Agent Francisco Puga, 26, died while driving to work, and the collision is being investigated by California Highway Patrol.
While his family will receive standard insurance benefits, he wasn’t considered on duty at the time of the accident so his wife won’t receive federal compensation provided to fallen agents.
Moving through the red tape of receiving benefits can be slow although funeral services can occur quickly. Puga’s services were over the weekend, and Choir Boys Arizona Chaplain Daniel Hann said the club steps in at times such as this to help families of law enforcement.
Choir Boys is a national nonprofit law enforcement motorcycle club that raises funds year-round to have money in reserves for times of tragedy. Members of the local chapter gave Puga’s widow a $2,500 check Friday.
Lombardo Amaya, union president of National Border Patrol Council Local 2554, said the “Francisco Puga Memorial” account has also been established by NBPC Local 2554 and Cabrillo Credit Union to receive funds.
Amaya recalls Puga from when he first came from the academy, around the station and training days.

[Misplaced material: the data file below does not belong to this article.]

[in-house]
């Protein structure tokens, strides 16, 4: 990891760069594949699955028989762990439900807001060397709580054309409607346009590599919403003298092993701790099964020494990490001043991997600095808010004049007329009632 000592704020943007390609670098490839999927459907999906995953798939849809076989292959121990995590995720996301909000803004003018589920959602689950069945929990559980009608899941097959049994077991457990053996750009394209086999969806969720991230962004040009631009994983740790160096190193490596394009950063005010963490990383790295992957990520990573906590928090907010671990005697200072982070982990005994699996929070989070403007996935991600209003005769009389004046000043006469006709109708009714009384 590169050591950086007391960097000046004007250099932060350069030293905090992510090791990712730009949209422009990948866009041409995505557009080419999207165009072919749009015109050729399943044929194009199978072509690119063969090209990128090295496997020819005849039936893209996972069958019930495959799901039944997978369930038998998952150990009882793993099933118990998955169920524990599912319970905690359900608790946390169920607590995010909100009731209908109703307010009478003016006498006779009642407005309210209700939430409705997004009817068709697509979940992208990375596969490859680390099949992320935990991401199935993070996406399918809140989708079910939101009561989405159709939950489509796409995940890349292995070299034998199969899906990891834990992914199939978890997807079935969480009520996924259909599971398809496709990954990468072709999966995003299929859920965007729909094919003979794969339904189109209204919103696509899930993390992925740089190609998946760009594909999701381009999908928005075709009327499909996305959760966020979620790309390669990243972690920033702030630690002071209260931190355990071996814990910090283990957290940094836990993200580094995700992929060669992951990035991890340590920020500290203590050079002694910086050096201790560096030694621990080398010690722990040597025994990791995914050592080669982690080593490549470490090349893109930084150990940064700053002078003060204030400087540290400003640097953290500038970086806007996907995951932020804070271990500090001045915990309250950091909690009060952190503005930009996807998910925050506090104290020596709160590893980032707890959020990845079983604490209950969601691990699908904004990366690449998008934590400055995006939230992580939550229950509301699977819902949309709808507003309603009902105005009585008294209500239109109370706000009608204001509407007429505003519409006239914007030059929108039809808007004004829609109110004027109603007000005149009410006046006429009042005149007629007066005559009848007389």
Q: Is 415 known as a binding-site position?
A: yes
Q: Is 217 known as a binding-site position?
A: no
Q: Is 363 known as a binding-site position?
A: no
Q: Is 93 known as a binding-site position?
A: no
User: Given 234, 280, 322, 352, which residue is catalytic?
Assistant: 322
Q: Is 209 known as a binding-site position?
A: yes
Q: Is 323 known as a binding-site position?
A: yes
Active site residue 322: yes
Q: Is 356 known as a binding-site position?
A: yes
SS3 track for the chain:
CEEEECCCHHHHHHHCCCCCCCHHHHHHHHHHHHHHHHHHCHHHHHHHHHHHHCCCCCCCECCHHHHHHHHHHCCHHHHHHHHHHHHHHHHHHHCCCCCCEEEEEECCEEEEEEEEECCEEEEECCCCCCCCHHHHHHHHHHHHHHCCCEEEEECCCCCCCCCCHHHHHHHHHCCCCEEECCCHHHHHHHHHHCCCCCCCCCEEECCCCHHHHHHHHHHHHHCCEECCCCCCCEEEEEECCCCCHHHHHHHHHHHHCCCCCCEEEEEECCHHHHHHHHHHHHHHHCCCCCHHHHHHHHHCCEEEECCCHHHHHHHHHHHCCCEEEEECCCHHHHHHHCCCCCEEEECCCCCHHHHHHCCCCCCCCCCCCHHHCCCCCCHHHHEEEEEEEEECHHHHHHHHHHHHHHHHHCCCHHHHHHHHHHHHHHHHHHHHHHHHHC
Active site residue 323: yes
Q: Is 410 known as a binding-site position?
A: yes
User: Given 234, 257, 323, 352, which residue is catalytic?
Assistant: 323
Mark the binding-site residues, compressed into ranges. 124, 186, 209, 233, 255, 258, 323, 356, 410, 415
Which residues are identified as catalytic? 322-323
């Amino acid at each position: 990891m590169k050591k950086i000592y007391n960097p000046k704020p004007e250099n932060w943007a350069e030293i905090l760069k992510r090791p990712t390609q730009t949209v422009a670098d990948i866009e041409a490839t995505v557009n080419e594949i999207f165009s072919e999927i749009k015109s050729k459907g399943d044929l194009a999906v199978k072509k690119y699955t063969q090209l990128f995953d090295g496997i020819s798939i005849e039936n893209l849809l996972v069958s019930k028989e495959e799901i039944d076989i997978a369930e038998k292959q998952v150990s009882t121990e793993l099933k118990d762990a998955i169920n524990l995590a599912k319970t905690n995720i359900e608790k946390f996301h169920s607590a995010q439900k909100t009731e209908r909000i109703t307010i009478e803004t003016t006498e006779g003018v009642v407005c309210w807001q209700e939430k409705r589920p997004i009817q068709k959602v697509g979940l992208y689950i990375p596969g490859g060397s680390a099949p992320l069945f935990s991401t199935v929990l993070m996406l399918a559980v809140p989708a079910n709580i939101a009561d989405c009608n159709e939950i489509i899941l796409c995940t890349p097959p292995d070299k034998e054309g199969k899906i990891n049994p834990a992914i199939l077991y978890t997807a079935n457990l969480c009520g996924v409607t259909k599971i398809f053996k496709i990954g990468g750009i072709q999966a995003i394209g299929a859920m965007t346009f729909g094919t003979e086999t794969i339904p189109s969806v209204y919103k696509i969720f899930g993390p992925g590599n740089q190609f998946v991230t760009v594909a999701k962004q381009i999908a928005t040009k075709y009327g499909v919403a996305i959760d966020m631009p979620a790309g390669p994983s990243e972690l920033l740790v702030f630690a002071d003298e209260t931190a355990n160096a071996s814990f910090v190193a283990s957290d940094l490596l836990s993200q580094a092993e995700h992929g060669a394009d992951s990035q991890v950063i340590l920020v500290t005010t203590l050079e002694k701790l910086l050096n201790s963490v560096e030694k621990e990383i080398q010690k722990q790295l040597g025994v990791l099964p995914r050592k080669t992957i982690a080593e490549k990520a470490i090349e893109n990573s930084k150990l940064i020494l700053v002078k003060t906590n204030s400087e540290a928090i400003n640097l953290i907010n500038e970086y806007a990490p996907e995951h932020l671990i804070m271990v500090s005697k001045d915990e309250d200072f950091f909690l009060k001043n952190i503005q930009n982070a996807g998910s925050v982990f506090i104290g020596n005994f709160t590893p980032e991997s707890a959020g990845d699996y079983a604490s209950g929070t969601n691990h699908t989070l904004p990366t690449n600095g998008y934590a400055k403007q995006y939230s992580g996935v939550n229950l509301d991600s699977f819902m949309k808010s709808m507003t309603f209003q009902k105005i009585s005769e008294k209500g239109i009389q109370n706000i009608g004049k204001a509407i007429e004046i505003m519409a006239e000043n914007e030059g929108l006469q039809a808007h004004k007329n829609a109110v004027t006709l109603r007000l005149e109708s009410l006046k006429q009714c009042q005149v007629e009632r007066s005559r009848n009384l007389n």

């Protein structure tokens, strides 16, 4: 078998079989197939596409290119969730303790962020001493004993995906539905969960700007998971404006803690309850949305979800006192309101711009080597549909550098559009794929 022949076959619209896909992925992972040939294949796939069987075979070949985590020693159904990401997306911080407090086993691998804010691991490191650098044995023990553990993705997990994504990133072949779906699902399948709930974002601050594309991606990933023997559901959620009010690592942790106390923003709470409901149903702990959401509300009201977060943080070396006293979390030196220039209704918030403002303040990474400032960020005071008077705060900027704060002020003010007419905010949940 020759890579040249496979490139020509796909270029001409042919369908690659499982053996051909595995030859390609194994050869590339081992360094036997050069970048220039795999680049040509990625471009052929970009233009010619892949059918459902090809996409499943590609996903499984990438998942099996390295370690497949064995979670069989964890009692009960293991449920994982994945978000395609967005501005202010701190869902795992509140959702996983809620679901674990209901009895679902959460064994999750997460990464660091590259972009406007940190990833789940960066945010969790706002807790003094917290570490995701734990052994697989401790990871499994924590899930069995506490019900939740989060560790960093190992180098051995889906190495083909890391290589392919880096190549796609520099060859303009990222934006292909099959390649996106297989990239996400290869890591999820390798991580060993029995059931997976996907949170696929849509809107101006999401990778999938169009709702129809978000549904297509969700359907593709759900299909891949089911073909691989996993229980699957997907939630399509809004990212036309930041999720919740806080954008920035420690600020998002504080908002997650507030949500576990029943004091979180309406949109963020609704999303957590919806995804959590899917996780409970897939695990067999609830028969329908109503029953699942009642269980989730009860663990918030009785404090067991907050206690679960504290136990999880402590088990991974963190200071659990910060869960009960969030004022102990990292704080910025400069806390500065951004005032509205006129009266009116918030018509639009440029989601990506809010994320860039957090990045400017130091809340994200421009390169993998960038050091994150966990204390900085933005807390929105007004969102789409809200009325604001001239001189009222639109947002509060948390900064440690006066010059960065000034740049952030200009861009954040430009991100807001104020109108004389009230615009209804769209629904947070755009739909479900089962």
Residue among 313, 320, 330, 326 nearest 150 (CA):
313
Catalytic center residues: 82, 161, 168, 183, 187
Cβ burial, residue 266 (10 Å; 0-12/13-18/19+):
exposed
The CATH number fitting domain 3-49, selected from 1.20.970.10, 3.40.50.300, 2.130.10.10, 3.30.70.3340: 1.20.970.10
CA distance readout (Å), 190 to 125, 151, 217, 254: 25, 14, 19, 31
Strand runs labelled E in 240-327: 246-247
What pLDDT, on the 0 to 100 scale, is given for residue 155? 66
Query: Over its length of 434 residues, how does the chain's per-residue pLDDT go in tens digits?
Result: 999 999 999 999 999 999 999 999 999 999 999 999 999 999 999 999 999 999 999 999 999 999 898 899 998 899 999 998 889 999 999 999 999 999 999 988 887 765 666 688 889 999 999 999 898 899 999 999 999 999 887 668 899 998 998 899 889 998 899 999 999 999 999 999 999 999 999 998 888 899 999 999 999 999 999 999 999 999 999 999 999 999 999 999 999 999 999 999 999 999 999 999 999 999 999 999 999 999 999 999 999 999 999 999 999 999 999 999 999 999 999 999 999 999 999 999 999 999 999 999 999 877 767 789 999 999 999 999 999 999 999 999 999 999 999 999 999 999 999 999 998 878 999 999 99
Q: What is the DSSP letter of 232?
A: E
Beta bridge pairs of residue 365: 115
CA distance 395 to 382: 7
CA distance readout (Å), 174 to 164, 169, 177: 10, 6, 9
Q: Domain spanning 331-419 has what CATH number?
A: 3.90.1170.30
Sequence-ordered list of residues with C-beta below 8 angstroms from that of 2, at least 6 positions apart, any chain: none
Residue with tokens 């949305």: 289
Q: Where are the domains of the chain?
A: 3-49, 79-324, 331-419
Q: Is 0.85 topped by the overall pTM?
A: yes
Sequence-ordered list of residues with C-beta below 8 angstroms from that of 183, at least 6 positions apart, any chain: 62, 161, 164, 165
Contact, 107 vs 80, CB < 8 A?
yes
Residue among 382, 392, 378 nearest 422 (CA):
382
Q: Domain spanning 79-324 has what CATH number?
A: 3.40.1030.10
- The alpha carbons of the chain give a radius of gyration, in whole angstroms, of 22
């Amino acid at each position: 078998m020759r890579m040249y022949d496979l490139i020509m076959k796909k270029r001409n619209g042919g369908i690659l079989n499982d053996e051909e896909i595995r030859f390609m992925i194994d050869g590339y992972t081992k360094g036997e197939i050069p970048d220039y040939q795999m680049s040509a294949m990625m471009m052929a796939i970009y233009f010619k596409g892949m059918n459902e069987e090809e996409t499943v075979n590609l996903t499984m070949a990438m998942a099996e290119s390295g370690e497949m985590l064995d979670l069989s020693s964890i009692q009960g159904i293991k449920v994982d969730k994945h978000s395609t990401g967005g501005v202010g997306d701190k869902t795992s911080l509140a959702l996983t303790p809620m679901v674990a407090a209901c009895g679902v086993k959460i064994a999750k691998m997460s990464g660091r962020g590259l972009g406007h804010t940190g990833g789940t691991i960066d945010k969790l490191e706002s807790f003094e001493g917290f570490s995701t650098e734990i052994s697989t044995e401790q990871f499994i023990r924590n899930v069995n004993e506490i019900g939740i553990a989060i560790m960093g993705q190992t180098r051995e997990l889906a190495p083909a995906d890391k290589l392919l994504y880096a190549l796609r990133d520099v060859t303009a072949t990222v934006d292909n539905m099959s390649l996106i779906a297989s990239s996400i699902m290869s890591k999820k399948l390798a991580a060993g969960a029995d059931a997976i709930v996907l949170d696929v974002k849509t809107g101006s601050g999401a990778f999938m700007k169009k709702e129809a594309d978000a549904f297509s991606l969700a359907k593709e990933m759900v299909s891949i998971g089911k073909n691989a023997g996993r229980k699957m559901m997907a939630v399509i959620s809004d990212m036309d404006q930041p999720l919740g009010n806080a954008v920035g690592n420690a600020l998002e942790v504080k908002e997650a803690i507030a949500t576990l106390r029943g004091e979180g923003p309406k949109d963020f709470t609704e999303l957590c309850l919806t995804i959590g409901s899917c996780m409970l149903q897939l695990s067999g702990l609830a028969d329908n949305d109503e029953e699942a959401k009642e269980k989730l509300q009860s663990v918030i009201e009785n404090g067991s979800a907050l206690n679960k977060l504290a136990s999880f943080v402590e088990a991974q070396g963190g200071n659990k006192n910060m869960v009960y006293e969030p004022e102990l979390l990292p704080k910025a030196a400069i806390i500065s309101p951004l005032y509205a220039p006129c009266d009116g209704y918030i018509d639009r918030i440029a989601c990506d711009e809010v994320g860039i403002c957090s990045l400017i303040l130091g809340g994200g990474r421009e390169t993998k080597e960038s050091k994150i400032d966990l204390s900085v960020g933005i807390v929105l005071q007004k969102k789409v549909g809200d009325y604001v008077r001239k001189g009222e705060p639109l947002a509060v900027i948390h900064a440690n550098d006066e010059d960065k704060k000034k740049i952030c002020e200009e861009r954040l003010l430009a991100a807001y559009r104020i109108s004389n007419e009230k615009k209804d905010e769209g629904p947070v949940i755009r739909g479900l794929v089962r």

“He was a young man that decided to put on the uniform and defend the constitution with his life. He was coming to work to fulfill that commitment that he served, and he was a person that was willing to die for our way of life anytime,” Amaya said. “It’s really sad that someone at that young age is gone. We’re a family and as a family, we feel love for each other, and while we can’t do a lot to make him come back, we can support his family.”
Border Patrol Agent Edward Villegas was friends with Puga since they both entered duty in 2007 and soon realized that their families already knew each other.
“Puga was one of my first friends in Border Patrol,” he said. “We kind of bonded in the academy and were always together.”
He was shocked to hear of Puga’s passing.
“Puga was full of life. I don’t think I’d ever seen him sad or upset, or depressed at any time. He was always making jokes and making people laugh.” Villegas said. “He was a very happy individual … He always had a smile on his face.”
He said that Border Patrol agents and their families often form close bonds with other agents and their families, and those bonds become even more important at times of sorrow like this.
Amaya agreed, stating that agents appreciate when the public “recognizes and values our work and understands that we are human beings with families and ties to the community.”
Those wishing to donate to the account can transfer funds via Cabrillo HomeBanking or mail a check to Cabrillo Credit Union, Attn: Francisco Puga Memorial Account, 10075 Carroll Canyon Road, San Diego, CA 92131.
Visit http://choirboyslemc.org for more information on the Choir Boys law enforcement motorcycle club.
Staff Writer Chelcey Adami can be reached at 760-337-3452 or email@example.com